As we described above, the vast majority of serological tests for specific antibodies to SARS-CoV-2 are based on serum detection of antibodies to either the S protein (the main target of neutralizing antibodies) or the N protein, which is known to be highly immunogenic protein in other coronaviruses and is the most widely used.  In this sense, in an attempt to increase the diagnostic possibilities of COVID-19 patients, at Immunostep we developed this assay that is based on the detection of specific antibodies against this main viral protease (Mpro or 3CLpro), which plays a critical role in viral replication. (Anti-SARS-CoV-2 Immunostep Mpro ELISA Assay)

    The kit contains microtiter plates upholstered with the recombinant protein Mpro. In a first step, the patient’s diluted sample is incubated in the wells, allowing specific antigen antibodies to bind to the Mpro protein. After washing the wells, to remove unbound antibodies, in a second incubation step, an anti-human immunoglobulin (IgA) antibody conjugated to horseradish peroxidase (HRP) is added. After a second washing step, the substrate tetramethylbenzidine (TMB) is added causing the enzyme-conjugated to the anti-IgA antibody catalyzes a color reaction. The color intensity of the reaction is proportional to the amount of antigen-specific antibodies present in the sample.

    Figure 2: Graphic representation of the principle and method of ELISA Assays.

    Mpro Can be detected to differentiate immune response profiles.

    According to another study carried out by CSIC in collaboration with Immunostep, the use of the antigens previously mentioned (RBD, S and N protein) in combination with the immunogenic Mpro can more fully describe the magnitude and duration of the immune response in SARS-CoV-2-infected patients. In order to facilitate comprehensive characterization of COVID-19 patients with a high throughput approach, a multi-antigen assay was developed with several viral antigens immobilised on fluorescent beads, to allow flow cytometry detection of the multiple antibodies generated during SARS-CoV-2 infections.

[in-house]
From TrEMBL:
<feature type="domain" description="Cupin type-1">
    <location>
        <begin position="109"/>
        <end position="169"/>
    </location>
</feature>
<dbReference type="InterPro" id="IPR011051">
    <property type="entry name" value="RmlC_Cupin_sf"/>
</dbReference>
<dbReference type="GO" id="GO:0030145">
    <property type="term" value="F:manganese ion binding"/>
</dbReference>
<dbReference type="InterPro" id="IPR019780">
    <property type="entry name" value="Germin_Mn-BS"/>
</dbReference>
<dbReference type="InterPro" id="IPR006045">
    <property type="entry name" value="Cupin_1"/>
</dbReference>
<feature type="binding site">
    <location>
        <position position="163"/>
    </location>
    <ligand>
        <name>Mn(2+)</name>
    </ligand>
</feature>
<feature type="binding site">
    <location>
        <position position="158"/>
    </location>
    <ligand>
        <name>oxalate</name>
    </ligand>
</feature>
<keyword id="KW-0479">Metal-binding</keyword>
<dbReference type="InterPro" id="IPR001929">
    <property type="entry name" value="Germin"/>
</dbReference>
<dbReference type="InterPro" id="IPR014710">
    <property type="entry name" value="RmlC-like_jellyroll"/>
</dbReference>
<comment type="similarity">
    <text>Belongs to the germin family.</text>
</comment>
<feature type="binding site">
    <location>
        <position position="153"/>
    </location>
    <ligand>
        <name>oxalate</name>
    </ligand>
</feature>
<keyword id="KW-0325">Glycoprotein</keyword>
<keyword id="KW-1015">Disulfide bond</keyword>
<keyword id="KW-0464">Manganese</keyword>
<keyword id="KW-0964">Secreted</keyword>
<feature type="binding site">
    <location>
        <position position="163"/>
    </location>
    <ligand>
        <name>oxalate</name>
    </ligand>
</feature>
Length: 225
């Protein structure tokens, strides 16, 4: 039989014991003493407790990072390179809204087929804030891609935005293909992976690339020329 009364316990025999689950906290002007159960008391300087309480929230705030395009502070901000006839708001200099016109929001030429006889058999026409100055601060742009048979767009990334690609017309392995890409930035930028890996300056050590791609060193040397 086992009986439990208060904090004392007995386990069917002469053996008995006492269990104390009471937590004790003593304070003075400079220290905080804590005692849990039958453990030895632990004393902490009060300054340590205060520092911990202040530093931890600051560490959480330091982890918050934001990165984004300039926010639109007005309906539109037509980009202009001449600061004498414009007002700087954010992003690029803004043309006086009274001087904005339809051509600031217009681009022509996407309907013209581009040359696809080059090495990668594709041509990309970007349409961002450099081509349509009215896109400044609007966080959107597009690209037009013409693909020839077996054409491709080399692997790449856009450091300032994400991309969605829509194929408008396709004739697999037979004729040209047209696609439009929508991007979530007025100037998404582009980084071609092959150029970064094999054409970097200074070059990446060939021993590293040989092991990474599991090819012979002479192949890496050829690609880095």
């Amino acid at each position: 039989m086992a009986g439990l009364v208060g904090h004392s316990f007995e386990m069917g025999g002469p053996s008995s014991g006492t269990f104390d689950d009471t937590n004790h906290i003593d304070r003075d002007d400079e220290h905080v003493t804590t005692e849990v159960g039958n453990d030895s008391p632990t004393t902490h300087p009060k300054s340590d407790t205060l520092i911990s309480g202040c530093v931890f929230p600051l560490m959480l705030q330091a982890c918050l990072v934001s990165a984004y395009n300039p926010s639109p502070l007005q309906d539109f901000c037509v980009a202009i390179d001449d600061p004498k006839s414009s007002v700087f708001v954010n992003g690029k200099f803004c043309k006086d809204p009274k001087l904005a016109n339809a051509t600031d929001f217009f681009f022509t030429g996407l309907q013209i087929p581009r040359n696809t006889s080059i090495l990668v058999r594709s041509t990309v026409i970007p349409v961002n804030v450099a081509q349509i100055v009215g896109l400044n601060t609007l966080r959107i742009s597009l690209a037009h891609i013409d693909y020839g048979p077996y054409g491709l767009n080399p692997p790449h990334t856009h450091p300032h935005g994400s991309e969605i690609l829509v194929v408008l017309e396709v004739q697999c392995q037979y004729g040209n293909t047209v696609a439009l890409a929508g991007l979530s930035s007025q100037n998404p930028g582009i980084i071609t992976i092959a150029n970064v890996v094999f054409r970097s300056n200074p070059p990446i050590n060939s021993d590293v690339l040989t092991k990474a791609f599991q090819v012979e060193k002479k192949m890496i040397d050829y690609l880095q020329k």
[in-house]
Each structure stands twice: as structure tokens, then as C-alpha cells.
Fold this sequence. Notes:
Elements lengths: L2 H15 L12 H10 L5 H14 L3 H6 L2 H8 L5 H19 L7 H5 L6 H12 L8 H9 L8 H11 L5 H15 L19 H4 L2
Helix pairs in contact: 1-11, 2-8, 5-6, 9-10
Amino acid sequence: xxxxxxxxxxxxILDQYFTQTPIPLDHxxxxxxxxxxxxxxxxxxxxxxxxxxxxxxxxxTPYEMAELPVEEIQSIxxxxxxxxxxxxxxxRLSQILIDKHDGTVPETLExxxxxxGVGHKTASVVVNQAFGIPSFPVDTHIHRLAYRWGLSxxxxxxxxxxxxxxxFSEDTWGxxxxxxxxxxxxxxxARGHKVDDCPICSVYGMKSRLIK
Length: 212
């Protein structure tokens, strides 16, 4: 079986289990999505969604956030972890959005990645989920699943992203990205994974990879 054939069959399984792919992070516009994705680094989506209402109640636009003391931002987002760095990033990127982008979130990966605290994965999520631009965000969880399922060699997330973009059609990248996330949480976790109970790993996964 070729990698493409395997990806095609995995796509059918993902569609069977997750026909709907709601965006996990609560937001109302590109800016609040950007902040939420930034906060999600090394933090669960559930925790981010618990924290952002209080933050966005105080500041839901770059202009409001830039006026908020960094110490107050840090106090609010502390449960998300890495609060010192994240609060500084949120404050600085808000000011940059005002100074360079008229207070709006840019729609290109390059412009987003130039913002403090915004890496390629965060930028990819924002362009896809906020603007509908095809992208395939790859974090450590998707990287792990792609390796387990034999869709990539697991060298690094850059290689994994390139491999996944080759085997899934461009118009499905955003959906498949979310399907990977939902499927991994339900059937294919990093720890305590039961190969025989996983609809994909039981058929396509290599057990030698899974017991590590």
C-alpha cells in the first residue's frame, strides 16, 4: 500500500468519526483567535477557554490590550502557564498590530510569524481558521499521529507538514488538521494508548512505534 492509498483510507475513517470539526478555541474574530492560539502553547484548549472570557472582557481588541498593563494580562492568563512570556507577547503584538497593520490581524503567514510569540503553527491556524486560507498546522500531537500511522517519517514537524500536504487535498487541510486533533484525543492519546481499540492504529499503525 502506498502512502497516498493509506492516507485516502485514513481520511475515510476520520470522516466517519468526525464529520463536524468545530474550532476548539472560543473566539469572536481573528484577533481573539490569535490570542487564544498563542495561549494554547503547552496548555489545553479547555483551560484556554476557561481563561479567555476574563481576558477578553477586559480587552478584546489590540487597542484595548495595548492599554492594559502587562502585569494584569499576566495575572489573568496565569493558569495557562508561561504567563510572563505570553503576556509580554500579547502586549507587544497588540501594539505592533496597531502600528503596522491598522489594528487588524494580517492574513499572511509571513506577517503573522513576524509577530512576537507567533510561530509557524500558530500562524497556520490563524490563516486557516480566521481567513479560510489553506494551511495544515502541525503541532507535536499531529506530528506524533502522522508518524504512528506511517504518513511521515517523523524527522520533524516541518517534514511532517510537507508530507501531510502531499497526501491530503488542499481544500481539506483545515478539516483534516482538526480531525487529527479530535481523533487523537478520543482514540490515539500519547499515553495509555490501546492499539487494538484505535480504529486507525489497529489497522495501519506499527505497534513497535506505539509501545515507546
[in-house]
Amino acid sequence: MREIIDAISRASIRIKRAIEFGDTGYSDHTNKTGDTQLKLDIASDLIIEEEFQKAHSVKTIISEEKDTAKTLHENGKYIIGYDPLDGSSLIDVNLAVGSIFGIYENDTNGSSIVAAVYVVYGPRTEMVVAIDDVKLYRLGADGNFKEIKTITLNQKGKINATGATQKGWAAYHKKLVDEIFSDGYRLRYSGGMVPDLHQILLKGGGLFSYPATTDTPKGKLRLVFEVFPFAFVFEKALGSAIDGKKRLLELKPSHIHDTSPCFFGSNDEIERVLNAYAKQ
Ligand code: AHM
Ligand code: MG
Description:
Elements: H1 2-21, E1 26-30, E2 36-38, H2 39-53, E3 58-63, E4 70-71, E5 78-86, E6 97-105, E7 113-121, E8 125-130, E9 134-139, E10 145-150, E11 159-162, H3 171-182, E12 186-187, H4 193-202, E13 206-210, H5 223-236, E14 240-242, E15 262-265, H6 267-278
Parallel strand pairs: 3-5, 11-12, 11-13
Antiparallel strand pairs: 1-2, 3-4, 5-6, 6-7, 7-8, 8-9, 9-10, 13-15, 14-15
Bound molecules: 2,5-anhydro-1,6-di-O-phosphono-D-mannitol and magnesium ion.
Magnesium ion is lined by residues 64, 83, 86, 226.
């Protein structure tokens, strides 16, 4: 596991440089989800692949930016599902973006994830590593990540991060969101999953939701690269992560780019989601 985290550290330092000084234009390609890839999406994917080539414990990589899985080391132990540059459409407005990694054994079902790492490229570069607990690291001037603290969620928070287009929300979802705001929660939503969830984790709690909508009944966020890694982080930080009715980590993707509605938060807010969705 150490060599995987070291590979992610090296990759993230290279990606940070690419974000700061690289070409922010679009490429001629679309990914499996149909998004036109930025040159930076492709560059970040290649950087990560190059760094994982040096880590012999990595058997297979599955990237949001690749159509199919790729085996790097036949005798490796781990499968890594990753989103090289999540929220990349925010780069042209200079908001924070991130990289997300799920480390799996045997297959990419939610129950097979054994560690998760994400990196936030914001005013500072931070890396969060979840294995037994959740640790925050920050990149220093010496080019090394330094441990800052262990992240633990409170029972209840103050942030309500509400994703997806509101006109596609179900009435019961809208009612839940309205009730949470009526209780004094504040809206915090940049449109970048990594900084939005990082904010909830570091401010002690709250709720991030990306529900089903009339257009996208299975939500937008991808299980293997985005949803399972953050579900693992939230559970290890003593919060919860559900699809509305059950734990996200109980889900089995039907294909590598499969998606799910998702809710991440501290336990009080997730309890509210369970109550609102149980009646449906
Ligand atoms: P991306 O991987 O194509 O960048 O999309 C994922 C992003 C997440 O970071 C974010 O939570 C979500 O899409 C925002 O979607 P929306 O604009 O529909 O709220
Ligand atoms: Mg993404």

As the pandemic has advanced, it has been established that not all the patients respond in the same manner to the infection by SARS-CoV-2. In fact, a large body of clinical manifestations have been described and it has been suggested that different types of immune response may contribute to these different presentations. Therefore, it will likely be relevant to characterise potentially biased antibody responses when exploring the association between SARS CoV 2 infection and different clinical manifestations.

    As a result of this research, we could observe differences in the specific Ig responses against the four antigens allows easy discrimination between vaccinated and naturally infected individuals (Anti-SARS-CoV-2 Immunostep Multiplex Assay). Further, machine learning analysis allowed classification of patients and healthy controls, without any error just using IgG data. Thus, a simple multiantigen serological test clearly discriminates between patients and healthy controls with a 100% confidence. Modification of the algorithm to take Ig isotype data into account also allowed high confidence discrimination between mild and severe presentations of COVID-19 disease, at least retrospectively.

    Figure 3: SARS-CoV-2 multiplex assay vaccinated samples data compared with positive and negative samples.